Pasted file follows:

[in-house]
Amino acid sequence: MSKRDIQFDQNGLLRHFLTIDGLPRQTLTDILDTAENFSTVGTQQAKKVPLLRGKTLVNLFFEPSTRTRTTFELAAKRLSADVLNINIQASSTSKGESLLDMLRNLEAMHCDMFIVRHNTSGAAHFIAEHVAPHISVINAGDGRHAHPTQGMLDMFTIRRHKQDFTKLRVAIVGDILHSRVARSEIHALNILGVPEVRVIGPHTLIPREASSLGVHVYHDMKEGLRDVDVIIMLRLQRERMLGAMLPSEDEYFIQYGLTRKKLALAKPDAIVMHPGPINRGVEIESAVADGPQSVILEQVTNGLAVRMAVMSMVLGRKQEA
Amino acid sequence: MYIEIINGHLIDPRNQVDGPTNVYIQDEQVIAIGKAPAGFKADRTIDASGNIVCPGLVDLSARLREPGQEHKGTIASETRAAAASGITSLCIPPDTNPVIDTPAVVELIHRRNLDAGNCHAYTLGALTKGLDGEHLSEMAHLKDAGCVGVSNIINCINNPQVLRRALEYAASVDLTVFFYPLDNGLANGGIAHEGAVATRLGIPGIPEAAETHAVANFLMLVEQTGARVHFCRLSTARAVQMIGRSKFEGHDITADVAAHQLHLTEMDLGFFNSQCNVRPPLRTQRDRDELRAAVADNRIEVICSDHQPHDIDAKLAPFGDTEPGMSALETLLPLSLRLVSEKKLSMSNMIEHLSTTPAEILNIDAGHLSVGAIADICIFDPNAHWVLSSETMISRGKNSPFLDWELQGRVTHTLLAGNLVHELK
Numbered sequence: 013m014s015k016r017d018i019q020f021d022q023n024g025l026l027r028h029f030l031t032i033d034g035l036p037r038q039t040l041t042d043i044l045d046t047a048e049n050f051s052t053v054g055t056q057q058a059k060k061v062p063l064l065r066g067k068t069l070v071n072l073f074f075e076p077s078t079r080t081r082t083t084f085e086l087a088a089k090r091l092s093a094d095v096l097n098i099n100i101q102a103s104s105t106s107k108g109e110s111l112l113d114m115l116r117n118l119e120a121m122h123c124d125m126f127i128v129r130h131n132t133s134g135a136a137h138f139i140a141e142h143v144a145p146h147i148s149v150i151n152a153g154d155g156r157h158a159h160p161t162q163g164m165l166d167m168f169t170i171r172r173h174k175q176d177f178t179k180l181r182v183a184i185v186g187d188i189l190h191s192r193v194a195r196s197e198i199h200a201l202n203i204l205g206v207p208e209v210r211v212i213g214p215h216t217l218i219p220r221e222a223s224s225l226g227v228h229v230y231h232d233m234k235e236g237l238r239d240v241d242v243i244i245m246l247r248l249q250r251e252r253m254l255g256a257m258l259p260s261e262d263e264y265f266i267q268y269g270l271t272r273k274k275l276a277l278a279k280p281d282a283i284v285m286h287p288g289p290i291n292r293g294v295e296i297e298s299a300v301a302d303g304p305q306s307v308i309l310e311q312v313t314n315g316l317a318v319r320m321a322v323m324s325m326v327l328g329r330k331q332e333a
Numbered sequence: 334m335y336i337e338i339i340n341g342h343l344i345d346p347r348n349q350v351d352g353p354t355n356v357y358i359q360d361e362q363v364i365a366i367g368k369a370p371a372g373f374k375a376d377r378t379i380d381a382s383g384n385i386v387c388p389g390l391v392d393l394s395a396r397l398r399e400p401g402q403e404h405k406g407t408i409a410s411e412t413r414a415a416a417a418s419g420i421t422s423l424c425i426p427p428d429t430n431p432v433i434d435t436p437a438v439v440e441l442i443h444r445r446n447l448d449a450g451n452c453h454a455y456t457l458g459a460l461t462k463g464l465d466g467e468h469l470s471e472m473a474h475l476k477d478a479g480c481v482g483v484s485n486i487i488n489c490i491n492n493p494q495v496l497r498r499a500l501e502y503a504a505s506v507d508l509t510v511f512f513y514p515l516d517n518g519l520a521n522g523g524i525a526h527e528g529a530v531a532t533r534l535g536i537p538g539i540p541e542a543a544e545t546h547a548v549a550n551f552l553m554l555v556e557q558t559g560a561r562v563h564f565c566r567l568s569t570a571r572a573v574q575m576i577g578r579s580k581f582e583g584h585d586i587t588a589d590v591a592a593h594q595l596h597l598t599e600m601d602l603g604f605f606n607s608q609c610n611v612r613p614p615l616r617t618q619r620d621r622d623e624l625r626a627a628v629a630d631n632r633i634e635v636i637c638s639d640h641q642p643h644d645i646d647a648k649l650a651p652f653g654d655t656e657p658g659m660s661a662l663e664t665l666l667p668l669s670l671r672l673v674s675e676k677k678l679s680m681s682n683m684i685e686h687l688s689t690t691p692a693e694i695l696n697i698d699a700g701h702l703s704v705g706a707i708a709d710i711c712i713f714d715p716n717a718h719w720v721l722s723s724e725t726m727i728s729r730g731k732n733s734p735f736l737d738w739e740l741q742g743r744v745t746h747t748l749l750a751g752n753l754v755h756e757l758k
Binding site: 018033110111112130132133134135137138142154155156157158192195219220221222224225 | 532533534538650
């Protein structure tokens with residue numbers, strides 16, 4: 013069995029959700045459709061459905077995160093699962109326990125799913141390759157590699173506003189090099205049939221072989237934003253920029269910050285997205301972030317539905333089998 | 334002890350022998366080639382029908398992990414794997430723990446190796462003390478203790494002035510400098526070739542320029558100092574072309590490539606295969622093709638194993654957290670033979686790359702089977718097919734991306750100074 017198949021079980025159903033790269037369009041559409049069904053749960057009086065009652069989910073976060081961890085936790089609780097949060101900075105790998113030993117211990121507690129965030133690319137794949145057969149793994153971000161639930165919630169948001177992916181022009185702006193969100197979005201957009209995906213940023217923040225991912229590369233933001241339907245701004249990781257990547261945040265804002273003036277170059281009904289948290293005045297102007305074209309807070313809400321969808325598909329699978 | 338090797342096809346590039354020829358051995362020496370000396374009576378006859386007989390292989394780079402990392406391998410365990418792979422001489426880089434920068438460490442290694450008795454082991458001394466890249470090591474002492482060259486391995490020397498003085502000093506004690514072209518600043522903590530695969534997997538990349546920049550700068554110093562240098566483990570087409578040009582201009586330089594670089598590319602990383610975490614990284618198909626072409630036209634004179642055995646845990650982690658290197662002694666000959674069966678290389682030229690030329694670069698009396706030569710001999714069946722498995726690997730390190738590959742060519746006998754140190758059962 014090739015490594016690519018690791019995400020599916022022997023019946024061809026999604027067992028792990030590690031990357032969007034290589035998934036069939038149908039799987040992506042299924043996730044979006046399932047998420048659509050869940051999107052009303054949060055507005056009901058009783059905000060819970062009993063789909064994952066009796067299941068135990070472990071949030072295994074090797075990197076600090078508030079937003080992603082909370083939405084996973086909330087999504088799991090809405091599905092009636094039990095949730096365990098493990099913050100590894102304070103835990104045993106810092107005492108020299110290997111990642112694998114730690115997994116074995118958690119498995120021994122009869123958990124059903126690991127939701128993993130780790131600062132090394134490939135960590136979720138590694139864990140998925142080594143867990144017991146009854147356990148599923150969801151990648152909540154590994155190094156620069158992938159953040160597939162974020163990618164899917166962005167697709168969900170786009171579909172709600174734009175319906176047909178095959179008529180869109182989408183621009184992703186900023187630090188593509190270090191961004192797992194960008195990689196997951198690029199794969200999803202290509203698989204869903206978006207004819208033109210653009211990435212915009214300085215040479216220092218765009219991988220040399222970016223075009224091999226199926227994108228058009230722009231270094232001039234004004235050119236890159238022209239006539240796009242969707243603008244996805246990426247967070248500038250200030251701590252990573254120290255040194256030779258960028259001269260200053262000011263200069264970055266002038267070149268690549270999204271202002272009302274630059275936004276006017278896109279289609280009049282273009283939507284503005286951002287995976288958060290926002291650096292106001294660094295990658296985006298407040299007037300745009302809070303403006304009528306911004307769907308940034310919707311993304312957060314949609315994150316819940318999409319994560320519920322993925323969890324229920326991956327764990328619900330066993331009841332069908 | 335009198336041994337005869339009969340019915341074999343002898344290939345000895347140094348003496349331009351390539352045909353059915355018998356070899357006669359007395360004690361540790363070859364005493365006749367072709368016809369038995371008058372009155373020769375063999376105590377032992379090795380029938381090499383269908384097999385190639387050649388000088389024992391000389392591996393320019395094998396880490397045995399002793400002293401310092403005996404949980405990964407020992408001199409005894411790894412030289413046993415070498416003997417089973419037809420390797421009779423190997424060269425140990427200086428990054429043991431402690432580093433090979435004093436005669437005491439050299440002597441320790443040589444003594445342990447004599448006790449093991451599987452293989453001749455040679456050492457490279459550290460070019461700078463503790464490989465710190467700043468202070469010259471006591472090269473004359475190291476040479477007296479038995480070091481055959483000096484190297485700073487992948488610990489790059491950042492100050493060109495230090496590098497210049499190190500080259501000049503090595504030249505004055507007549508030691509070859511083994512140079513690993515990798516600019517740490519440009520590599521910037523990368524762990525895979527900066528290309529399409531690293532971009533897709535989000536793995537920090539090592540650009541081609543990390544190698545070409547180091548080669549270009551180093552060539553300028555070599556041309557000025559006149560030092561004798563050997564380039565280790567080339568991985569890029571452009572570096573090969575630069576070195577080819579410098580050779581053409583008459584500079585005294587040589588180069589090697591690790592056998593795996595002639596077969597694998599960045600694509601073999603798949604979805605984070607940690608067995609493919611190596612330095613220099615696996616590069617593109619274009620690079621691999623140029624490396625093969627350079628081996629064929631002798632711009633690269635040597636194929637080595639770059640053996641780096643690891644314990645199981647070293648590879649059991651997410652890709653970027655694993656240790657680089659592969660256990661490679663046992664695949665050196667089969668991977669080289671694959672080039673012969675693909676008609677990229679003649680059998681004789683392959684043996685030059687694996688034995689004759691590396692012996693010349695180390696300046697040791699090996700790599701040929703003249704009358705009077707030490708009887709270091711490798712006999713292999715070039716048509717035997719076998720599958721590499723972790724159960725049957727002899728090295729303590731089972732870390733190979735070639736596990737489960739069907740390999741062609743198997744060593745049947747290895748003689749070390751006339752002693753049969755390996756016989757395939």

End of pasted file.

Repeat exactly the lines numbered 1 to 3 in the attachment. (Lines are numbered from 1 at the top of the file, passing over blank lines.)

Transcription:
[in-house]
Amino acid sequence: MSKRDIQFDQNGLLRHFLTIDGLPRQTLTDILDTAENFSTVGTQQAKKVPLLRGKTLVNLFFEPSTRTRTTFELAAKRLSADVLNINIQASSTSKGESLLDMLRNLEAMHCDMFIVRHNTSGAAHFIAEHVAPHISVINAGDGRHAHPTQGMLDMFTIRRHKQDFTKLRVAIVGDILHSRVARSEIHALNILGVPEVRVIGPHTLIPREASSLGVHVYHDMKEGLRDVDVIIMLRLQRERMLGAMLPSEDEYFIQYGLTRKKLALAKPDAIVMHPGPINRGVEIESAVADGPQSVILEQVTNGLAVRMAVMSMVLGRKQEA
Amino acid sequence: MYIEIINGHLIDPRNQVDGPTNVYIQDEQVIAIGKAPAGFKADRTIDASGNIVCPGLVDLSARLREPGQEHKGTIASETRAAAASGITSLCIPPDTNPVIDTPAVVELIHRRNLDAGNCHAYTLGALTKGLDGEHLSEMAHLKDAGCVGVSNIINCINNPQVLRRALEYAASVDLTVFFYPLDNGLANGGIAHEGAVATRLGIPGIPEAAETHAVANFLMLVEQTGARVHFCRLSTARAVQMIGRSKFEGHDITADVAAHQLHLTEMDLGFFNSQCNVRPPLRTQRDRDELRAAVADNRIEVICSDHQPHDIDAKLAPFGDTEPGMSALETLLPLSLRLVSEKKLSMSNMIEHLSTTPAEILNIDAGHLSVGAIADICIFDPNAHWVLSSETMISRGKNSPFLDWELQGRVTHTLLAGNLVHELK